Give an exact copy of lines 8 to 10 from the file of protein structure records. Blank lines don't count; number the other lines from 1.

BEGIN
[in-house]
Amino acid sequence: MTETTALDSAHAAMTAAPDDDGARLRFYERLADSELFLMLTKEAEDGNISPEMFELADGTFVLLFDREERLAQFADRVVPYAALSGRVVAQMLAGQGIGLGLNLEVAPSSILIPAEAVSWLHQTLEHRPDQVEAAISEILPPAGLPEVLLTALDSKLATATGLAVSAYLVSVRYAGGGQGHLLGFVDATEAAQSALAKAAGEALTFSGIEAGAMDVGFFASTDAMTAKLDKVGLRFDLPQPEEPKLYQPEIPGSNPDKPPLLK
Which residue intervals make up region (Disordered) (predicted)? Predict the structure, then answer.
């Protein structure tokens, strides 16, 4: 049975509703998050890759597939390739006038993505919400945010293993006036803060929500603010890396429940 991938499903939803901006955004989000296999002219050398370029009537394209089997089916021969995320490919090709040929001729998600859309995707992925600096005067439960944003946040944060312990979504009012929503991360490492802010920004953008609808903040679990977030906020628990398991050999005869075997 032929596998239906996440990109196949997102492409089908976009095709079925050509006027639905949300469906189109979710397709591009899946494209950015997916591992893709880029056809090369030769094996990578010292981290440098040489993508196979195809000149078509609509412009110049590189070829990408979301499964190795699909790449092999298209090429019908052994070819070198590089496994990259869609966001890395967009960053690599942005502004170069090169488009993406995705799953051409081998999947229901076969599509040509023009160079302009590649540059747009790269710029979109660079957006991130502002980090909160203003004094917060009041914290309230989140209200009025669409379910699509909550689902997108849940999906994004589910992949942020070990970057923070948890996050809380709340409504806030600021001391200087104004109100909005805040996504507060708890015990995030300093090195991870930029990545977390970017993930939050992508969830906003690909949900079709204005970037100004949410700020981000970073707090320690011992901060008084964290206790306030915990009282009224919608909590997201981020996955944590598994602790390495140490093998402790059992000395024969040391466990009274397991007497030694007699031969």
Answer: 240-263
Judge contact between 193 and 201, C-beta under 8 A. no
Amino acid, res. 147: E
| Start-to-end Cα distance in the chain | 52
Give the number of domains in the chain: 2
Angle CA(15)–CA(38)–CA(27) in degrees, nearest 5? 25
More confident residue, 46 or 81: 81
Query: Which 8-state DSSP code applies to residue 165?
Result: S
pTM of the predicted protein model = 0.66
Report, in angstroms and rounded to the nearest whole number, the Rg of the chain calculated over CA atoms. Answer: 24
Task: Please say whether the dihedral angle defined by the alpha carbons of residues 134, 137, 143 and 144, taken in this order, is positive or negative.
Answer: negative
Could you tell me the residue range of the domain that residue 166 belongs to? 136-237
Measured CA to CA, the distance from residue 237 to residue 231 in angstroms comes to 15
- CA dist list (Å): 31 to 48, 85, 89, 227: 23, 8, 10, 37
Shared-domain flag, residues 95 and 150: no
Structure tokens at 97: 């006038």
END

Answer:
| Start-to-end Cα distance in the chain | 52
Give the number of domains in the chain: 2
Angle CA(15)–CA(38)–CA(27) in degrees, nearest 5? 25